ATbar Threat to the United States Homeland: Internet Propaganda and Planners Inspiring Individual Jihad

Threat to the United States Homeland: Internet Propaganda and Planners Inspiring Individual Jihad

11/01/2018 | by Kelvington, Michael R.  

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Introduction: Future Threats to the United States


Since Abu Bakr al-Baghdadi’s declaration of the Islamic caliphate on July 3rd, 2014, the intelligence community estimates approximately 30,000 foreign fighters emigrated from their homeland to the Middle East to join the Islamic State.[1]  However, the spigot of foreign fighters flocking to the caliphate has since been largely shut down, causing the jihadi terrorist organization to alter its global messaging, specifically to new recruits within the Sunni Muslim ummah [community].  In May 2016, the Islamic State spokesman, Abu Muhammad al-Adnani continued fanning the flames of their radical ideology by calling on Muslims worldwide to wage jihad against “crusaders and infidels” on their home turf.[2]  His was not a message new to radical Islamic terrorist organizations, specifically with previous editions of both the Islamic State’s DABIQ magazine and Al-Qaeda’s Inspire magazine, but a message that resonates with jihadi online propaganda and encapsulates a threat the United States presently faces and will continue to see in the future. 

Adnani’s refreshed message stated, “If the tawaghit [tyrants] have shut the door of hijrah [immigration] in your faces, then open the door of jihad in theirs. Make your deed a source of their regret. Truly, the smallest act you do in their lands is more beloved to us than the biggest act done here.”[3]  In the wake of significant losses in the Islamic State’s geographical territory, Adnani’s audio recording called for Muslims seeking to join the Islamic State to make their obligatory duty of jihad in their own backyard.  Messages like Adnani’s point to a present and future threat to the United States, as exemplified by the terror attacks committed in the name of the Islamic State and adherents of Al-Qaeda in places such as San Bernardino, Orlando, Garland, Chattanooga, Minneapolis, New Jersey, Ohio State, and New York City. While not the only threat to the U.S. homeland, terrorism in the form of homegrown violent extremism conducted by perpetrators called “lone wolves” or “wolf packs” inspired by online jihadi propaganda and facilitated by online planners continues to be a lethal, emerging threat.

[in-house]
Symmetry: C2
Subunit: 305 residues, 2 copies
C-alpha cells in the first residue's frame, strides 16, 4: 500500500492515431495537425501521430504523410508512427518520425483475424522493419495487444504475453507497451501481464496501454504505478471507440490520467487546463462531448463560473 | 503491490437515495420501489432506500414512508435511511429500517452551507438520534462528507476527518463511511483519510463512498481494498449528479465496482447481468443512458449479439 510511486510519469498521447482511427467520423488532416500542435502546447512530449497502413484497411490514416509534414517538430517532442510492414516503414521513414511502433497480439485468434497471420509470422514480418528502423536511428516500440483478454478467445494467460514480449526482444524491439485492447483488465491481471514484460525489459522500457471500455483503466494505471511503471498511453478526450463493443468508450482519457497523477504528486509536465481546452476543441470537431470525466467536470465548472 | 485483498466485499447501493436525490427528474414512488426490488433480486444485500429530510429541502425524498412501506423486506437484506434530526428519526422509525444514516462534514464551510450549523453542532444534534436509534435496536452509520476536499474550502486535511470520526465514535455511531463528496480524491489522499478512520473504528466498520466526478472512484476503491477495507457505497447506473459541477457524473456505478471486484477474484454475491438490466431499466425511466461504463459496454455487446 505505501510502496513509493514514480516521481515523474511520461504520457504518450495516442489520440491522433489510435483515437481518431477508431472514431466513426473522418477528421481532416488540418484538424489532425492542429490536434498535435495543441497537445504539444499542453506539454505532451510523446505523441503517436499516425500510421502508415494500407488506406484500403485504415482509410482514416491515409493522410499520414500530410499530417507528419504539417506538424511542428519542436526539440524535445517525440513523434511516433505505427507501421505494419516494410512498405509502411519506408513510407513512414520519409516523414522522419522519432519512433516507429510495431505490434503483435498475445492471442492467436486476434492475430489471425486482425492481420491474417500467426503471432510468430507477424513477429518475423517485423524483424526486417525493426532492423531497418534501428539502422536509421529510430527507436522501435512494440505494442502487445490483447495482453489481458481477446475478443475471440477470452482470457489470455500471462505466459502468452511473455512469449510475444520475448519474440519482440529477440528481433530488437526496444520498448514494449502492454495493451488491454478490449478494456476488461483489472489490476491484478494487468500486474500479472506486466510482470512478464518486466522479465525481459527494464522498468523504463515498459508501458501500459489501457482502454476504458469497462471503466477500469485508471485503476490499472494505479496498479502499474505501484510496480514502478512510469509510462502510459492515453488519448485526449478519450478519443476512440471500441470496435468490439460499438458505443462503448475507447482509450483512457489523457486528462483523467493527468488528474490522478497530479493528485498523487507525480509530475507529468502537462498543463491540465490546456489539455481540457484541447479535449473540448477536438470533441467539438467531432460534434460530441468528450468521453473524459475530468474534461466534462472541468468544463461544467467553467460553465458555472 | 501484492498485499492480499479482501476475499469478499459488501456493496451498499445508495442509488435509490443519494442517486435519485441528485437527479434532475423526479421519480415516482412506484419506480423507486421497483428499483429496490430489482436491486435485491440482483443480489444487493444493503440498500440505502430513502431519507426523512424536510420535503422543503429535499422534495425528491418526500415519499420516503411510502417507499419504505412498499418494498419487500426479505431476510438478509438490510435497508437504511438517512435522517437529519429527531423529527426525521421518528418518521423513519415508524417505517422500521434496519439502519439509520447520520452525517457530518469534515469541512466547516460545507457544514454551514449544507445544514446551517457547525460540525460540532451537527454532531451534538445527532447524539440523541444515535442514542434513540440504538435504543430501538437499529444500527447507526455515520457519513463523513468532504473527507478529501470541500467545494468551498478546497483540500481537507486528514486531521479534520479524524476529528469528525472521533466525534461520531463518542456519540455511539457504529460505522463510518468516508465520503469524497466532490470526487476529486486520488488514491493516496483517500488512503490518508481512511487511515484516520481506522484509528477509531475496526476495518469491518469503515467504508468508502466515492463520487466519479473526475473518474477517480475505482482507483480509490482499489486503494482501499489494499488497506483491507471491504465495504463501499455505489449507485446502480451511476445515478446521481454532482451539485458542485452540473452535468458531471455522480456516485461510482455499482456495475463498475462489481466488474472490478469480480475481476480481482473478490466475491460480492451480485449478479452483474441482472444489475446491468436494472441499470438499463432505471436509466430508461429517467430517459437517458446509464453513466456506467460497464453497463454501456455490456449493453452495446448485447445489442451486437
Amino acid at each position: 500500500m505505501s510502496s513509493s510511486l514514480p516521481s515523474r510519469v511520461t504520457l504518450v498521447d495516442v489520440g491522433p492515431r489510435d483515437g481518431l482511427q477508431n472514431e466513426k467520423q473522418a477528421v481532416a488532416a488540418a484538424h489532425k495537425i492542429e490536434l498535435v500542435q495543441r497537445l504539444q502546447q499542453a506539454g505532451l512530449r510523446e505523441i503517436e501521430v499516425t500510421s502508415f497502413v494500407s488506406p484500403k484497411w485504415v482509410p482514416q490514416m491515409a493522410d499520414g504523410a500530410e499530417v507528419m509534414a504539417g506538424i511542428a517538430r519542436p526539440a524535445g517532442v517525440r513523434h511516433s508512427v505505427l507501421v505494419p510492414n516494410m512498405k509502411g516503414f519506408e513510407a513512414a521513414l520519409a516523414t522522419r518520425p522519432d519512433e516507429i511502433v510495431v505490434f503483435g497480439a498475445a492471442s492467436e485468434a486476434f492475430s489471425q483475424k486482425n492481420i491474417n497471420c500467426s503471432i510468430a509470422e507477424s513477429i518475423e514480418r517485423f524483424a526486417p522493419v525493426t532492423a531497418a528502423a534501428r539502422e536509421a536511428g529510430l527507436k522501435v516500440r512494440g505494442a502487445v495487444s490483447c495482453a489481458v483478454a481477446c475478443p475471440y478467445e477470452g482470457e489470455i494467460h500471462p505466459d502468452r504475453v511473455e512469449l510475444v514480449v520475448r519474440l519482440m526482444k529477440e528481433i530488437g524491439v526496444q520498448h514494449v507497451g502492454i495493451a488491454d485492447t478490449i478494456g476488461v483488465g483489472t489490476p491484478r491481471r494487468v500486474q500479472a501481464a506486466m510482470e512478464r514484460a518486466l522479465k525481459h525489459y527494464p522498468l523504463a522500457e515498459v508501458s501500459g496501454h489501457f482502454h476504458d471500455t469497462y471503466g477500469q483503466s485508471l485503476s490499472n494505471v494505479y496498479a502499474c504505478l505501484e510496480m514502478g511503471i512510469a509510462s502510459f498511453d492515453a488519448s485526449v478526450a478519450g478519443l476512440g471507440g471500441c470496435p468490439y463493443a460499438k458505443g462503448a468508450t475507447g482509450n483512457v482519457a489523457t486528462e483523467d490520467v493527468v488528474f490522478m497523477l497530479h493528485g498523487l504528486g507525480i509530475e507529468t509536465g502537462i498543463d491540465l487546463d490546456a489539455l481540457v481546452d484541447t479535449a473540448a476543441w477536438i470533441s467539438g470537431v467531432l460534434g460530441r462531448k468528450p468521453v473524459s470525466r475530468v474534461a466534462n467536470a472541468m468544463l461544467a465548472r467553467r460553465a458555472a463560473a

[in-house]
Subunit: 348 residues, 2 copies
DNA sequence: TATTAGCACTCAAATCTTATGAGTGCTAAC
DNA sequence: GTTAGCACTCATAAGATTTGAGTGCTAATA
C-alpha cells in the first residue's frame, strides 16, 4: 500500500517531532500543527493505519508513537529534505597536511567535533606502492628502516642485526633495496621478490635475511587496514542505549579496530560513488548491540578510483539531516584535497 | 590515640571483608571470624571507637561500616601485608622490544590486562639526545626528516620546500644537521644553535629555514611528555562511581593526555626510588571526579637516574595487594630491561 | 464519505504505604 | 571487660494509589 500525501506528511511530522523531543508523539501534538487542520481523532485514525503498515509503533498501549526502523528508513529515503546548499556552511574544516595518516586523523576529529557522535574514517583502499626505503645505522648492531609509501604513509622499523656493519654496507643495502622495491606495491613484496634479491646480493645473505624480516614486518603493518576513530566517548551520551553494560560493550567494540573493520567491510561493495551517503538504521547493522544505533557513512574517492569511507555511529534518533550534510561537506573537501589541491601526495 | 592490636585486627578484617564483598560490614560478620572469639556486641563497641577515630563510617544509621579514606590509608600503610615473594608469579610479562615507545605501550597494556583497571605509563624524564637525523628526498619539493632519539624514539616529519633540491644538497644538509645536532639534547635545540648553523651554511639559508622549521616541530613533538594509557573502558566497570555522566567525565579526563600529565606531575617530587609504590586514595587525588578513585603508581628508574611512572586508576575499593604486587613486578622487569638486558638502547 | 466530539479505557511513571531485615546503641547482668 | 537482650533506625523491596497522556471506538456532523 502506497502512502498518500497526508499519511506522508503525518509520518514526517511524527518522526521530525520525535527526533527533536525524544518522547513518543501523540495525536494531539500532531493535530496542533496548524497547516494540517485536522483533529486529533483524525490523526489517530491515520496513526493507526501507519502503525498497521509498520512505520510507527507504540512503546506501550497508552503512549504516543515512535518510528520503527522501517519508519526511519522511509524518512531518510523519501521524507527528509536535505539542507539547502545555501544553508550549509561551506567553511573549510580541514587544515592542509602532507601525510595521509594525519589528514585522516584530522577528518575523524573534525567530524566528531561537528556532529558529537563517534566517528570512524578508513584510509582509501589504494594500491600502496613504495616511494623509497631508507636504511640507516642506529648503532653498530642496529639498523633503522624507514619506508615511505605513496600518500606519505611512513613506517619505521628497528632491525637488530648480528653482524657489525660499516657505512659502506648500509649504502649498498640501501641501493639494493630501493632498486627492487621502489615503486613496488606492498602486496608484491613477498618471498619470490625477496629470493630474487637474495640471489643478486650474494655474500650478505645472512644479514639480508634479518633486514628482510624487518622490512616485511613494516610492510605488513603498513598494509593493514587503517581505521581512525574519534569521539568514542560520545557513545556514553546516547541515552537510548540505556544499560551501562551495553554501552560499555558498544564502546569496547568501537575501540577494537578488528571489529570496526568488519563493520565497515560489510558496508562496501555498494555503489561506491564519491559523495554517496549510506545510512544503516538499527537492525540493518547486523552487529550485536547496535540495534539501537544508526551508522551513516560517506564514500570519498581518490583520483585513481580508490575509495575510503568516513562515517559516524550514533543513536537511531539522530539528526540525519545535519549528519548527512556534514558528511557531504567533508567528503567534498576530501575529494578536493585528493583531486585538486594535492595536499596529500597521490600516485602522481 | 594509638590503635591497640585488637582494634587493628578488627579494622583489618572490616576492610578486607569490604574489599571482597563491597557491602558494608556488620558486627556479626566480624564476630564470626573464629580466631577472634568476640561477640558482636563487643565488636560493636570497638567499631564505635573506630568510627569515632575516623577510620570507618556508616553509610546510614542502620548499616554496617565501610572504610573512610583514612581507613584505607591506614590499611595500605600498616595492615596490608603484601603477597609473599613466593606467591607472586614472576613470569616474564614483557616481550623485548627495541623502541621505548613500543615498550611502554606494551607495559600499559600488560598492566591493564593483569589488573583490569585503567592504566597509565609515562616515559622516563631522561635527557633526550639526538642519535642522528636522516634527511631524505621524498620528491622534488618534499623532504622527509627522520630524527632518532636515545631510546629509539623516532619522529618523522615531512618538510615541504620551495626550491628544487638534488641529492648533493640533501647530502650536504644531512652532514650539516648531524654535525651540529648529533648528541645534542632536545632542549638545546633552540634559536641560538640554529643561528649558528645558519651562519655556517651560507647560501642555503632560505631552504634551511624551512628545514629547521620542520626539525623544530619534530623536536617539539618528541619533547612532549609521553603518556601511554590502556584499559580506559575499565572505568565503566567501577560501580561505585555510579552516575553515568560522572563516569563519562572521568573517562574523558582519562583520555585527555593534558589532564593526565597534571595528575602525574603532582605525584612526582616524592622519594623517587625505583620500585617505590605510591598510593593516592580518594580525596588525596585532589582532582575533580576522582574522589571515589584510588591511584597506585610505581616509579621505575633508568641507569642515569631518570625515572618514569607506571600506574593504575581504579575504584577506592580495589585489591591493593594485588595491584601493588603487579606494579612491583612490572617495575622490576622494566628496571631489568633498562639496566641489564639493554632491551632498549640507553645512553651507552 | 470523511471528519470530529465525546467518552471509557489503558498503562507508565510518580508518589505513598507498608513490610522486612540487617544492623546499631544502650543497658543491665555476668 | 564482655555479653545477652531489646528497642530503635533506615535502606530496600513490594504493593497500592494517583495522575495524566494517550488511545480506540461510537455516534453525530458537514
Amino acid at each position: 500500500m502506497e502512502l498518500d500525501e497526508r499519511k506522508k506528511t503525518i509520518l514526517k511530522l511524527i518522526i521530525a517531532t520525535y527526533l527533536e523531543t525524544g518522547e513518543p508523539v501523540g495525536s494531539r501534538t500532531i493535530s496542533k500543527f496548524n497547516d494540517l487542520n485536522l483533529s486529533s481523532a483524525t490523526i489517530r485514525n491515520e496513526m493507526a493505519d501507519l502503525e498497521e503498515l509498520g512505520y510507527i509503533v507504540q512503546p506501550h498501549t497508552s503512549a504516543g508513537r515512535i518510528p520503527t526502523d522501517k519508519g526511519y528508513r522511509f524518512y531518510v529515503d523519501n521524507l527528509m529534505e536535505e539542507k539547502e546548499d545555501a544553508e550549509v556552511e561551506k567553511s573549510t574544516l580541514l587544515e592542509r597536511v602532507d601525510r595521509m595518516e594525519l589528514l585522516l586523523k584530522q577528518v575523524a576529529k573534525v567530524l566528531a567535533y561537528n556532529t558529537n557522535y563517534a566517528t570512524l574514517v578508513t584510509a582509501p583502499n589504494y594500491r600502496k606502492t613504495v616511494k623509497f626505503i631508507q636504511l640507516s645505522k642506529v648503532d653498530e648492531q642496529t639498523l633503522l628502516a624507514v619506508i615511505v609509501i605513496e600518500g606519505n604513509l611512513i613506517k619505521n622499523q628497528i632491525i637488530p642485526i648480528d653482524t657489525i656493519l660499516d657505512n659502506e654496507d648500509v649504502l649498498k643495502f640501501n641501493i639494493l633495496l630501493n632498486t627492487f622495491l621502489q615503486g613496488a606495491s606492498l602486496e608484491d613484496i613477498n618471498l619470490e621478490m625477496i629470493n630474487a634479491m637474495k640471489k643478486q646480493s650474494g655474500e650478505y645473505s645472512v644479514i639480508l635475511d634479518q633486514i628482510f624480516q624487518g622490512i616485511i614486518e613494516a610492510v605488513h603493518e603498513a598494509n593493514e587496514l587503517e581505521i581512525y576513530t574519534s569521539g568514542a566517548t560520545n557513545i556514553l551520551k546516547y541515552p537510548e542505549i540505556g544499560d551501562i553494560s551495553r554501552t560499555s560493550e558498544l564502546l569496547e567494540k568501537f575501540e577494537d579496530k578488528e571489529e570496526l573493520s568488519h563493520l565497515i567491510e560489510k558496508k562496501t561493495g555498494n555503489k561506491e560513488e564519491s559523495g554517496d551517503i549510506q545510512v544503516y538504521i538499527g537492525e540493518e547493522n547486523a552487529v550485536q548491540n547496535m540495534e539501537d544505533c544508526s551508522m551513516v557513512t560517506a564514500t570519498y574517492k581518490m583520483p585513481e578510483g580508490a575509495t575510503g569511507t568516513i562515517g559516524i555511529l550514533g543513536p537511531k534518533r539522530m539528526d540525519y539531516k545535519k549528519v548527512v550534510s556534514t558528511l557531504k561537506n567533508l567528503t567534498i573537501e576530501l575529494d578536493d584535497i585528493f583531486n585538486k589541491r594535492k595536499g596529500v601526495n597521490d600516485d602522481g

[1] Eric Schmitt and Somini Sengupta, “Thousands Enter Syria to Join ISIS Despite Global Efforts,” New York Times, published 26 September 2015, accessed 04 January 2017, middleeast/thousands-enter-syria-to-join-isis-despite-global-efforts.html.

[2] Abu Muhammad al-Adnani, “That They Live by Proof,” Al-Hayat Media Center, published May 2016, accessed 04 January 2017, 2016/05/al-hayat-that-they-live-by-proof.pdf, 6.

[3] Ibid., 12.



 This article is part of the RED-Alert project, funded by the European Union’s Horizon                                        2020 research and innovation Programme under grant agreement No 740688.

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